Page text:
By John Pierce
A new study from Pew Research, released yesterday, sheds light on what has become rather obvious in this and recent election cycles: a candidate’s religious identity and commitments don’t mean as much as they once did.
Of course, that doesn’t keep a candidate from playing up — or making up — a religious identity for a particular subgroup.
Even being an atheist is not the death knell it once was in American politics, the study showed. But it’s still a liability — as about half of the Americans surveyed said they’d be less likely to vote for an atheist.
So some kind of belief in God is politically advantageous. Yet, many Americans are much less concerned that political candidates mirror their own particular religious convictions.
That would be good news for both Sen. Bernie Sanders on the Democratic side — who is of Jewish heritage, holds a general belief in God but is not religiously active — and Republican frontrunner Donald Trump who … you, know.
According to Religion News Service, past Pew surveys found that 7 in 10 Americans said it was important that a president have strong religious beliefs. However, the new survey posed the related question differently.
The 2,009 U.S. adults surveyed earlier this month were asked: “How important is it to you to have a president who shares your religious beliefs?’
For Republicans, 64 percent said it was very or somewhat important while only 41 percent of Democrats fell into that category.
Other political matters such as the economy, terrorism and foreign policy trumped — uh, surpassed — religious uniformity.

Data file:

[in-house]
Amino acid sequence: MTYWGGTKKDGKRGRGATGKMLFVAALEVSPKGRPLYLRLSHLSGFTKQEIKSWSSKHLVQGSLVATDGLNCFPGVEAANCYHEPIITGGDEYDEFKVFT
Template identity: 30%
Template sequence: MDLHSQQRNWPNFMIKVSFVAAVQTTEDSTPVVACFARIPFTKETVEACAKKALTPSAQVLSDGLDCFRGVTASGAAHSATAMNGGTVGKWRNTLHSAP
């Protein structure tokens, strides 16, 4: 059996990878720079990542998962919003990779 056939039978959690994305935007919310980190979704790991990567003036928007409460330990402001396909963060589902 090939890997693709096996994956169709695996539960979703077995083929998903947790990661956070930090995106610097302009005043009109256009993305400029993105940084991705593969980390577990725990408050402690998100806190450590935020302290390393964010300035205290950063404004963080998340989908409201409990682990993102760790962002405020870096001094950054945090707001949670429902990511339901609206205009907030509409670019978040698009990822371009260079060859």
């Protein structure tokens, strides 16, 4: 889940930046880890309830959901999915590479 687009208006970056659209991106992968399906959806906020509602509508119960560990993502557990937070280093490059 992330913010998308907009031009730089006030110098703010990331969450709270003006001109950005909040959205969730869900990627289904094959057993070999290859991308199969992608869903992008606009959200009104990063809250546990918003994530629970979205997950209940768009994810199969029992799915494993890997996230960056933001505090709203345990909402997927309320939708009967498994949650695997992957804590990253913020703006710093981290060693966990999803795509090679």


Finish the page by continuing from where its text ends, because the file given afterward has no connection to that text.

Of course, evidence of this shifting goes back a ways — at least to Ronald Reagan who, while not a strong churchman, endorsed political concerns of importance to religiously conservative voters and defeated a faithful Sunday school teacher and Baptist deacon whose policies were deemed liberal.
More overtly was Gov. Mitt Romney’s nomination as the Republican presidential candidate in 2012 causing Mormonism to magically drop its cult identification on the Billy Graham Evangelistic Association web site.
Such easy “forgiveness” is surely troubling for a struggling candidate with real religious creds like The Rev. Gov. Mike Huckabee who lamented being left out of Southern Baptist leader Russell Moore’s earlier event that featured rivals Jeb Bush, a Catholic, and Marco Rubio, a Catholic-evangelical merger.
That’s despite Huckabee having seminary training, an ordination certificate and a file full of sermons. And not only can he pronounce each book of the Bible, Huckabee probably has them memorized from years of Sunday school and Vacation Bible School.
More than anything, this survey helps explain something of The Donald phenomenon. Most Republicans (56 percent) consider him to be good or (as he considers himself) to be great.
With growing religious diversity, one has to wonder if there is justifiable concern for any candidate who might push his or her religious identity on the nation. And as we’ve seen with the current president, one’s own religious confessions and practices are not enough to ensure a public religious identity if detractors want it be something else.
Perhaps the bottom line is that the religious identification of a candidate matters — but doesn’t matter as much as some might think.
However, that won’t keep them out of unfamiliar churches on Sunday mornings or religious gathering throughout the week in hopes of stirring up revival-like fervor for their own political salvation.
My main conclusion is that a religious standard works primarily in reverse.
That is, most religiously-oriented people criticize the religious/moral underpinnings (or lack thereof) of political opponents while excusing or ignoring those aspects in a favored candidate.
One can only imagine what Robert Jeffress, Jerry Falwell Jr., and other right-wing religionists would be saying if the leading Democratic candidate was a thrice-married, Bible-bungling, casino-building billionaire who speaks mostly of his own greatness and confesses that he’s never confessed any sin.
The pulpits would be a-pounding.